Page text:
The World Bank 8 Europe and Central Asia Region Slow debt restructuring could further delay recovery Non-performing loans (NPLs) are signaling systemic distress (reportedly between 15 and 25% in Latvia, Ukraine in 2009 Q1, still lower than in East Asian and Latin American capital account crises)and particularly high in some sectors (construction, retail). Avoid zombie banks and discourage regulatory forbearance; triage banks into those that are (i) viable and meet regulatory requirements; (ii) nonviable and insolvent; and (iii) viable but undercapitalized. Appropriate actions range from liquidation, sale, merge and recapitalization. Establish enabling frameworks for debt restructuringhousehold and nonfinancial corporate debt difficulties need to be addressed upfront to strengthen the recovery. With some exceptions, indebtedness of non financial corporations is not high. On average, household debta distinctive feature of ECAs crisisis around 25% of GDP among financially integrated transition countries; not out of line with that of countries at similar stages of development but here too there is variability10% of GDP in Russia to 50% in Estonia.
The World Bank 9 Europe and Central Asia Region The share of indebted households increases in the higher quintiles. Mortgage interest service as a share of income is small and generally decreases with income. The shock is an increase of 5 percentage points in the interest paid on mortgages with variable interest rates. The interest rate shock increases the share of vulnerable households and raises the interest service ratio. Note that Hungary has a large share of vulnerable households in lower quintiles, reflecting a more even distribution of households with mortgage debt. About half of indebted households in Estonia and Hungary in the first quintile were vulnerable even before the shock. But very few of there are at risk due to the shock, being risky borrowers at loan origination. Set up enabling frameworks but resist calls for the use of public resources other than for the relief of the poorest households. Household debt: incidence of mortgage interest service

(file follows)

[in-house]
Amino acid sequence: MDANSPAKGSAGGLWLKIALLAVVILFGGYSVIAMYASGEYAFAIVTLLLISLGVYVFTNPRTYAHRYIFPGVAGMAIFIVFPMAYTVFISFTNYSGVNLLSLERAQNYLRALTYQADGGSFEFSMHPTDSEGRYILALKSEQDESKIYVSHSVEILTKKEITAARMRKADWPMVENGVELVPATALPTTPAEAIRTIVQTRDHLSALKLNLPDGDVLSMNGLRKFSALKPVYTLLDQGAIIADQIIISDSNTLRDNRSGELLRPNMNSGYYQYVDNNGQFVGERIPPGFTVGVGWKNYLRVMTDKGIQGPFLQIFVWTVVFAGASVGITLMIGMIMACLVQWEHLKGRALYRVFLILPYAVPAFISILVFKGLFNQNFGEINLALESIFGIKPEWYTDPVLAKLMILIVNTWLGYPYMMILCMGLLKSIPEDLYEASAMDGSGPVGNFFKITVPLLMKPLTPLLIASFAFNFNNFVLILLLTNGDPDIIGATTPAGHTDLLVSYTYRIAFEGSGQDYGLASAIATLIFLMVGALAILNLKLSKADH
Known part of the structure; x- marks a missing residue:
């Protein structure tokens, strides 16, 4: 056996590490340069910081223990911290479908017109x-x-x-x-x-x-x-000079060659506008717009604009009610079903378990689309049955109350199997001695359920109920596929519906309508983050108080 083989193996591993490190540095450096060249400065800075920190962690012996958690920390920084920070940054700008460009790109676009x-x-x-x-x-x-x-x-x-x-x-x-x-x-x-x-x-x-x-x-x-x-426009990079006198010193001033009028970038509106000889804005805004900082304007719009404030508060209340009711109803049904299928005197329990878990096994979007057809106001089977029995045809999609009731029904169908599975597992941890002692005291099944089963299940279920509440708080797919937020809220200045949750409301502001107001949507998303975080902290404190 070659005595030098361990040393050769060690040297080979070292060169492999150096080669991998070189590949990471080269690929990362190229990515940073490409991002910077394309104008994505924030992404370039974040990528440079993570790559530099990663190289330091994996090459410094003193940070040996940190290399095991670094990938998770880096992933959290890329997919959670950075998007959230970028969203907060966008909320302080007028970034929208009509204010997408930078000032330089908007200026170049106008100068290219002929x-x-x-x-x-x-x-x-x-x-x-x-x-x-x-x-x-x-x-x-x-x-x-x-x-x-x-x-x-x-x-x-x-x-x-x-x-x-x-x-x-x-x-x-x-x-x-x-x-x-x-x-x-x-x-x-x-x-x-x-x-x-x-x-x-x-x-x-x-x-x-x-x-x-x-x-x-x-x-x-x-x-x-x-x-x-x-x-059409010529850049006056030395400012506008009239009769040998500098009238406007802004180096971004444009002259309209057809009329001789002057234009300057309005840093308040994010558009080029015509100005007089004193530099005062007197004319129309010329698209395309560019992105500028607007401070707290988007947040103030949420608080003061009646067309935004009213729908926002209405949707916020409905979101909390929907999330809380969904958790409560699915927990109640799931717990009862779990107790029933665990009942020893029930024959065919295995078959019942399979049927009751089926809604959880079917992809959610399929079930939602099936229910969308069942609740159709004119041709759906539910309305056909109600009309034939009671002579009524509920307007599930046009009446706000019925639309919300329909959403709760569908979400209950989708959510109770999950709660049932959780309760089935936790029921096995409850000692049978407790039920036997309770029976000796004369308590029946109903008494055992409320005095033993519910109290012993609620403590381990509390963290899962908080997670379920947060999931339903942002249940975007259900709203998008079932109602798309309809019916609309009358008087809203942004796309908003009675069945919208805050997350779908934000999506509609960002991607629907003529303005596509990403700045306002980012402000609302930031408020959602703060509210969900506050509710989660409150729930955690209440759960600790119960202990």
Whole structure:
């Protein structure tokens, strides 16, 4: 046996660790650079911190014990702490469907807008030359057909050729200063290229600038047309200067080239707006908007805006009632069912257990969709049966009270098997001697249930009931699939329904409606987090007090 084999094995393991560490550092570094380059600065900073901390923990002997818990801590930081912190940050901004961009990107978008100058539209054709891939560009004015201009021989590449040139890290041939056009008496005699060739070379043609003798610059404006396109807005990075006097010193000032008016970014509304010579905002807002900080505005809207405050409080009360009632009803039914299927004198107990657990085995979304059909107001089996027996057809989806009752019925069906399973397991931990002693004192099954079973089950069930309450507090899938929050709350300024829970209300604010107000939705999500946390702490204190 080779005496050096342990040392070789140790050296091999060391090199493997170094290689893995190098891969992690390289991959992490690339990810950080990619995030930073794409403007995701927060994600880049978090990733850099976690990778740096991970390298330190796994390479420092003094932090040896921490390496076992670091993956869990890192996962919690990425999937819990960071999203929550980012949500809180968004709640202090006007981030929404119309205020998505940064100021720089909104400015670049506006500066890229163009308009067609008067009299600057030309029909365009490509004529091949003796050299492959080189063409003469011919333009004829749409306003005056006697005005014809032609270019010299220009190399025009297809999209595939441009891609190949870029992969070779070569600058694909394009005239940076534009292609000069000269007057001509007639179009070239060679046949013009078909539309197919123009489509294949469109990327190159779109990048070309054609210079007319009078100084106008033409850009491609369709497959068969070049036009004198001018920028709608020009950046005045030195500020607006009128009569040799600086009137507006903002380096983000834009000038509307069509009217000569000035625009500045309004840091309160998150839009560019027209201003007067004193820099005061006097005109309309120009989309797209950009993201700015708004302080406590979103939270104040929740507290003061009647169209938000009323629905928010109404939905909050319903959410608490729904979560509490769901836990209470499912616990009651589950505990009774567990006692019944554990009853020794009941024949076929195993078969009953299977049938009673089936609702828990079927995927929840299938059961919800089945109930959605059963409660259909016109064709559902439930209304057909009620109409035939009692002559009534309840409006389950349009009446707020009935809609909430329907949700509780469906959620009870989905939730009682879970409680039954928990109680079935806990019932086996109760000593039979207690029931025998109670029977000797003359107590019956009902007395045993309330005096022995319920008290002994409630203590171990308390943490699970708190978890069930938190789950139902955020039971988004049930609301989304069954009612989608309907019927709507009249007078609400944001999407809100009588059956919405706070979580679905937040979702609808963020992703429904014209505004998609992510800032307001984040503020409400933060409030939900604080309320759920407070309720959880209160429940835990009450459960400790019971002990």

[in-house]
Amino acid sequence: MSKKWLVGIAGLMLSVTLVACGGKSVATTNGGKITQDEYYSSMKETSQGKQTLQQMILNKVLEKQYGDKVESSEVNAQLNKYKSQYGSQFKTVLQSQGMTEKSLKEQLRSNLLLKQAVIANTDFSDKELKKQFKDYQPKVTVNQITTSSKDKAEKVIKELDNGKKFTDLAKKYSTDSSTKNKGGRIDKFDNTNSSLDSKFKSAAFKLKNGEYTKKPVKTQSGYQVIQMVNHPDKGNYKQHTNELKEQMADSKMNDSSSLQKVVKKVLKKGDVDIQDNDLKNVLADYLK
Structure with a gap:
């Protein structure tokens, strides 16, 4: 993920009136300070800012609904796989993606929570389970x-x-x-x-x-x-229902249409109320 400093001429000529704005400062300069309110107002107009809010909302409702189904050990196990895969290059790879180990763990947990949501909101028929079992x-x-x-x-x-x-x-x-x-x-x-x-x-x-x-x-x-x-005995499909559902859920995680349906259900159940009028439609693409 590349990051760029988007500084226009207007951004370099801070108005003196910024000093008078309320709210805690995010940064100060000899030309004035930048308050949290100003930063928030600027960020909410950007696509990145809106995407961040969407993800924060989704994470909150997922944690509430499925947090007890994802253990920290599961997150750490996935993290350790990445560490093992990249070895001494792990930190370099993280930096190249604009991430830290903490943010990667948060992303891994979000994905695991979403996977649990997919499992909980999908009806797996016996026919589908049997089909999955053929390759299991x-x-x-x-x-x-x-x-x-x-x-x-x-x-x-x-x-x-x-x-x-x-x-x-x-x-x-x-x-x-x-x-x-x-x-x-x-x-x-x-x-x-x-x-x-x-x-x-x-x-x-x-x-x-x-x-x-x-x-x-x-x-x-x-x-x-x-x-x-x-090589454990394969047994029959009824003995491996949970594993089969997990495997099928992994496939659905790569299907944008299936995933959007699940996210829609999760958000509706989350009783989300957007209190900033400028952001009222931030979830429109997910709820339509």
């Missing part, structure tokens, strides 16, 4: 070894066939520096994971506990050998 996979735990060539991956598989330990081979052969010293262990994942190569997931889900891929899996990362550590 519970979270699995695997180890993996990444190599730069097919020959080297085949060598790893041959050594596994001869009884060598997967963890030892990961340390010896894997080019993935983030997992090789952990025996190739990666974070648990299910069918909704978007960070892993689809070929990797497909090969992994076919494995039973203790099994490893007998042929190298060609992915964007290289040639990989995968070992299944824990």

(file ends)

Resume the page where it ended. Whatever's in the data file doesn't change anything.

The World Bank 10 Europe and Central Asia Region Crisis hit the low and lower middle income CIS countries through: Recession-induced downturn in exports to Russia (for Armenia, the Kyrgyz Republic, Moldova, Tajikistan), Kazakhstan (for the Kyrgyz Republic), Turkey, EU and USA (for Georgia) 1/ ; Sharp fall in workers remittances. Example: A 30 percent decline in remittances to Tajikistan reduces the consumption of the poorest quintile of households by around 20 percent. 1/ Georgia is not part of the CIS but is included in the group because its economy shares many features of the other countries. The low and lower middle-income CIS countries in crisis